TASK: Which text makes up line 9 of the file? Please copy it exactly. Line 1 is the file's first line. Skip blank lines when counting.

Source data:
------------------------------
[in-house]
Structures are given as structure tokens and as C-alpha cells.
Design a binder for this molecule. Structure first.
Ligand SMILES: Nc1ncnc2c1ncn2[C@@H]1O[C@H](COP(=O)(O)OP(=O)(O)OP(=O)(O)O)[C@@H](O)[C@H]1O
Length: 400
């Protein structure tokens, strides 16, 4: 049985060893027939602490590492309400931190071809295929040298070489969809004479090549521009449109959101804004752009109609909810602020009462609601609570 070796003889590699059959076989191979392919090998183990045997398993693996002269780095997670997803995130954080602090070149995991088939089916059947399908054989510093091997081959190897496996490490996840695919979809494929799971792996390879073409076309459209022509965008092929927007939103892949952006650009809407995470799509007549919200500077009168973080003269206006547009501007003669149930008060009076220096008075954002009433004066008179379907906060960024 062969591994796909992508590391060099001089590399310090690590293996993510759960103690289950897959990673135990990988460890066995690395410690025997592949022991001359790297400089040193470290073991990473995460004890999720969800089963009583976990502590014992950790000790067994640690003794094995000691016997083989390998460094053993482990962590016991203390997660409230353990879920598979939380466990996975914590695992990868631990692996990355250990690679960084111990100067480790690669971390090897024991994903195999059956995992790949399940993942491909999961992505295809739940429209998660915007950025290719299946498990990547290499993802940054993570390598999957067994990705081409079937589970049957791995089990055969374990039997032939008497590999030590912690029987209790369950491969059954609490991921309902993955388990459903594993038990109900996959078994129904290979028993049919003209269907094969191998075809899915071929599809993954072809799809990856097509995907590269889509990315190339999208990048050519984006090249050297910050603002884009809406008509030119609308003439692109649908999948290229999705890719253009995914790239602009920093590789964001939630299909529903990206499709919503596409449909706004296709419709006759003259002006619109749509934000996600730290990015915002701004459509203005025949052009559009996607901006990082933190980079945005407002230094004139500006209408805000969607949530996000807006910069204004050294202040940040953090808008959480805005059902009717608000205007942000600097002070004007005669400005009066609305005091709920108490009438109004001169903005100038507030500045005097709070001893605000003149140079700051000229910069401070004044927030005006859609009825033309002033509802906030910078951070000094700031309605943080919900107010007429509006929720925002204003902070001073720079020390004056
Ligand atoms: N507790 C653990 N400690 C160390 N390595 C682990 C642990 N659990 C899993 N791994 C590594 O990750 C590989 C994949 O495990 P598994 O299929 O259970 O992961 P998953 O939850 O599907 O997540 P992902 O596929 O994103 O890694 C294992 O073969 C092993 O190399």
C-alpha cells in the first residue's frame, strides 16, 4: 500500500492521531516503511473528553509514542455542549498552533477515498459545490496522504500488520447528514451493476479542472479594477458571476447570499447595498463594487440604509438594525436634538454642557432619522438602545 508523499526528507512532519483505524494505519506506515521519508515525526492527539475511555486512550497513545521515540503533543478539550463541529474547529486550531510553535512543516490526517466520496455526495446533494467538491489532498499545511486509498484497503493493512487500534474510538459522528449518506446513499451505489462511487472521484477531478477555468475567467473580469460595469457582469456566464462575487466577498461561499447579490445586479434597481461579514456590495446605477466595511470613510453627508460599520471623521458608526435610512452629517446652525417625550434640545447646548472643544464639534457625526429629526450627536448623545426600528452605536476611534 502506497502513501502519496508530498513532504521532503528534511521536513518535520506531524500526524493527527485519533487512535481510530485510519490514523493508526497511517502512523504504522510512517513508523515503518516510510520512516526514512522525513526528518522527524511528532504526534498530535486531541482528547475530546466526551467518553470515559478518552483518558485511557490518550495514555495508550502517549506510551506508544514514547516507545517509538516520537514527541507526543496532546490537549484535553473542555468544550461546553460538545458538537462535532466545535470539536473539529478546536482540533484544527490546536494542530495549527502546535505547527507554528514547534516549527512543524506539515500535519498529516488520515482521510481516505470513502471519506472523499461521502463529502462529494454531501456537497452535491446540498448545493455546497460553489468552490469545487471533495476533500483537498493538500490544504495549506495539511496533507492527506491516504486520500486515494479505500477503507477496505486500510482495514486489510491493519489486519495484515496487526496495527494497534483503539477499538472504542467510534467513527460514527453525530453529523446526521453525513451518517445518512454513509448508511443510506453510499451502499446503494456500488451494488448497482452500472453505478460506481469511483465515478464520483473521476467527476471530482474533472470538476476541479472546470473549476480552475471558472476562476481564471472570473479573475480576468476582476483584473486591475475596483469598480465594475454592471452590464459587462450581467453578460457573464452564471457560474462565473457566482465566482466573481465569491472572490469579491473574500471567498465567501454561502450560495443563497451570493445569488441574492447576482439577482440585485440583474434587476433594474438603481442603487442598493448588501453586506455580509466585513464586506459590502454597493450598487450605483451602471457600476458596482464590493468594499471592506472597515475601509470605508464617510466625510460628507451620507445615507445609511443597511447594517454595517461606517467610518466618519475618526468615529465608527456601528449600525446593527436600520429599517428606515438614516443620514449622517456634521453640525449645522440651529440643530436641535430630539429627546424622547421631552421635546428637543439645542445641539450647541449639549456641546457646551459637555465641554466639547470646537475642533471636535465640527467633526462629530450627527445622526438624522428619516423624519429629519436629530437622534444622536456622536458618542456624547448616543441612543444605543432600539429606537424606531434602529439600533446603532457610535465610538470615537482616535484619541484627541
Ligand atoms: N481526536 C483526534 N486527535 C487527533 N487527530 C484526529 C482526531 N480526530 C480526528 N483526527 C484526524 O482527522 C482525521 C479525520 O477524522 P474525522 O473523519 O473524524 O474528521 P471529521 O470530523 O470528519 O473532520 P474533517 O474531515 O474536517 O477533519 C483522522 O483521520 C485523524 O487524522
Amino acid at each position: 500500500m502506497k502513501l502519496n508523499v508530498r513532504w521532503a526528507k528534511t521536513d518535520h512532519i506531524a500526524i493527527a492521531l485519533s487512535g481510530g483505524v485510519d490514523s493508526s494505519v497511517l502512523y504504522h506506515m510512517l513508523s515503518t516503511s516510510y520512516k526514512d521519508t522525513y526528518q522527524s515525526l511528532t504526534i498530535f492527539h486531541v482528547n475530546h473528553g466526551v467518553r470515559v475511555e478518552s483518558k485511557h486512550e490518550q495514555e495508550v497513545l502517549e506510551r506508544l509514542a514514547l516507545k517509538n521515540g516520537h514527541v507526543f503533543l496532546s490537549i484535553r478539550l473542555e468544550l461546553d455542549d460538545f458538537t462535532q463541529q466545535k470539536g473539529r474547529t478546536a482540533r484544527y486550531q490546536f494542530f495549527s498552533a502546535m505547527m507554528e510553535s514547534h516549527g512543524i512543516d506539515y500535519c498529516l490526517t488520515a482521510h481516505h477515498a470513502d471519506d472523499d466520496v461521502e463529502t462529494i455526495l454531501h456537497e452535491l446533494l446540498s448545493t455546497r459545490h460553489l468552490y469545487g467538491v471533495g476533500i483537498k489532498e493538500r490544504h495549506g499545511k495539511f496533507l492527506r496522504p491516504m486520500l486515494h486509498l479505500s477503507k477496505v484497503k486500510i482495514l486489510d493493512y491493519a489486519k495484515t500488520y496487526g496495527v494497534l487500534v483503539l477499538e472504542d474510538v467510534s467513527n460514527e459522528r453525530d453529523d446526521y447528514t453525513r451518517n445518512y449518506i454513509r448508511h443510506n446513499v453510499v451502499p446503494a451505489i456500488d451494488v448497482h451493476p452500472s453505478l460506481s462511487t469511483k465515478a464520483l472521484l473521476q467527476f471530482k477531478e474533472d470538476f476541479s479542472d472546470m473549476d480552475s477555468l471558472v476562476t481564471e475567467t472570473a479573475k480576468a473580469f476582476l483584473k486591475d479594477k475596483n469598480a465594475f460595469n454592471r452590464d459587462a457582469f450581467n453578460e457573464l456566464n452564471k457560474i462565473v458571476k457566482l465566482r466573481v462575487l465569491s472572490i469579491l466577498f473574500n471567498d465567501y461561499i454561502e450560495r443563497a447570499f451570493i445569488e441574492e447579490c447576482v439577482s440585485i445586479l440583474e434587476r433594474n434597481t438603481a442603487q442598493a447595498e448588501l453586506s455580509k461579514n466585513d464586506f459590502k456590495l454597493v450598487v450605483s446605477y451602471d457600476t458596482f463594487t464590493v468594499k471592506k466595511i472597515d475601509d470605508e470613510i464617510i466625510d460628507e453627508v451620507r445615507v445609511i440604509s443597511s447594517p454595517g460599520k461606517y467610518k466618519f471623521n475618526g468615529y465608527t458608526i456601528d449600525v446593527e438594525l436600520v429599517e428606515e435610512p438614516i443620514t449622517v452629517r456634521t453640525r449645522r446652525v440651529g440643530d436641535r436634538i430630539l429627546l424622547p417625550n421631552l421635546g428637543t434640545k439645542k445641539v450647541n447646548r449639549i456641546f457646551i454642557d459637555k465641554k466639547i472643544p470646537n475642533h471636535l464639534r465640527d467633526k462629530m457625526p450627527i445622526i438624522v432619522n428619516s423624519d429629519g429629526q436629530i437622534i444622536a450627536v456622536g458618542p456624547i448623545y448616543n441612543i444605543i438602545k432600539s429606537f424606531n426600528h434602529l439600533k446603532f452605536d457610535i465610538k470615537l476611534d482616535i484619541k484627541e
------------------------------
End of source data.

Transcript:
Ligand atoms: N481526536 C483526534 N486527535 C487527533 N487527530 C484526529 C482526531 N480526530 C480526528 N483526527 C484526524 O482527522 C482525521 C479525520 O477524522 P474525522 O473523519 O473524524 O474528521 P471529521 O470530523 O470528519 O473532520 P474533517 O474531515 O474536517 O477533519 C483522522 O483521520 C485523524 O487524522